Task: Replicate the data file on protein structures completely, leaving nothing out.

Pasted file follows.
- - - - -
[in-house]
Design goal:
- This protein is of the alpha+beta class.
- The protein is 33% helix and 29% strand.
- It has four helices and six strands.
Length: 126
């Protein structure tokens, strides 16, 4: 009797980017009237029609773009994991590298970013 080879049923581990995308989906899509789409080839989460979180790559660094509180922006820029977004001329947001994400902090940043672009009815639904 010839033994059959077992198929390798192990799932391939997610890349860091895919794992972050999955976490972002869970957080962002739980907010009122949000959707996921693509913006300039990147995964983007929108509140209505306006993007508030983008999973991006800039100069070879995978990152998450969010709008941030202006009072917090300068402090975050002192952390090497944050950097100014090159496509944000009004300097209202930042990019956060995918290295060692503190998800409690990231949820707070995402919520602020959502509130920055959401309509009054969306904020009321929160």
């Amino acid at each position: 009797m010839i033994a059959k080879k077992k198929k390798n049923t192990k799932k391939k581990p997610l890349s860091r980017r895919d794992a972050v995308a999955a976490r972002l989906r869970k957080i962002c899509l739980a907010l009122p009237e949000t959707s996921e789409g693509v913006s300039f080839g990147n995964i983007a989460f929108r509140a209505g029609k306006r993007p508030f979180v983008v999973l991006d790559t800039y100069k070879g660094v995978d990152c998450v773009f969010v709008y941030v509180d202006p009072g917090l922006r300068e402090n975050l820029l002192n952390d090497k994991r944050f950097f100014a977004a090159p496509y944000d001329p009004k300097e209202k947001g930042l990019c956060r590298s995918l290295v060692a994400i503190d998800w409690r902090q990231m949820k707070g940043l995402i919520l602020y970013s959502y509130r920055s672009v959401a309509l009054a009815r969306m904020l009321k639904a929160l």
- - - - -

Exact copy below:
[in-house]
Design goal:
- This protein is of the alpha+beta class.
- The protein is 33% helix and 29% strand.
- It has four helices and six strands.
Length: 126
């Protein structure tokens, strides 16, 4: 009797980017009237029609773009994991590298970013 080879049923581990995308989906899509789409080839989460979180790559660094509180922006820029977004001329947001994400902090940043672009009815639904 010839033994059959077992198929390798192990799932391939997610890349860091895919794992972050999955976490972002869970957080962002739980907010009122949000959707996921693509913006300039990147995964983007929108509140209505306006993007508030983008999973991006800039100069070879995978990152998450969010709008941030202006009072917090300068402090975050002192952390090497944050950097100014090159496509944000009004300097209202930042990019956060995918290295060692503190998800409690990231949820707070995402919520602020959502509130920055959401309509009054969306904020009321929160």
């Amino acid at each position: 009797m010839i033994a059959k080879k077992k198929k390798n049923t192990k799932k391939k581990p997610l890349s860091r980017r895919d794992a972050v995308a999955a976490r972002l989906r869970k957080i962002c899509l739980a907010l009122p009237e949000t959707s996921e789409g693509v913006s300039f080839g990147n995964i983007a989460f929108r509140a209505g029609k306006r993007p508030f979180v983008v999973l991006d790559t800039y100069k070879g660094v995978d990152c998450v773009f969010v709008y941030v509180d202006p009072g917090l922006r300068e402090n975050l820029l002192n952390d090497k994991r944050f950097f100014a977004a090159p496509y944000d001329p009004k300097e209202k947001g930042l990019c956060r590298s995918l290295v060692a994400i503190d998800w409690r902090q990231m949820k707070g940043l995402i919520l602020y970013s959502y509130r920055s672009v959401a309509l009054a009815r969306m904020l009321k639904a929160l």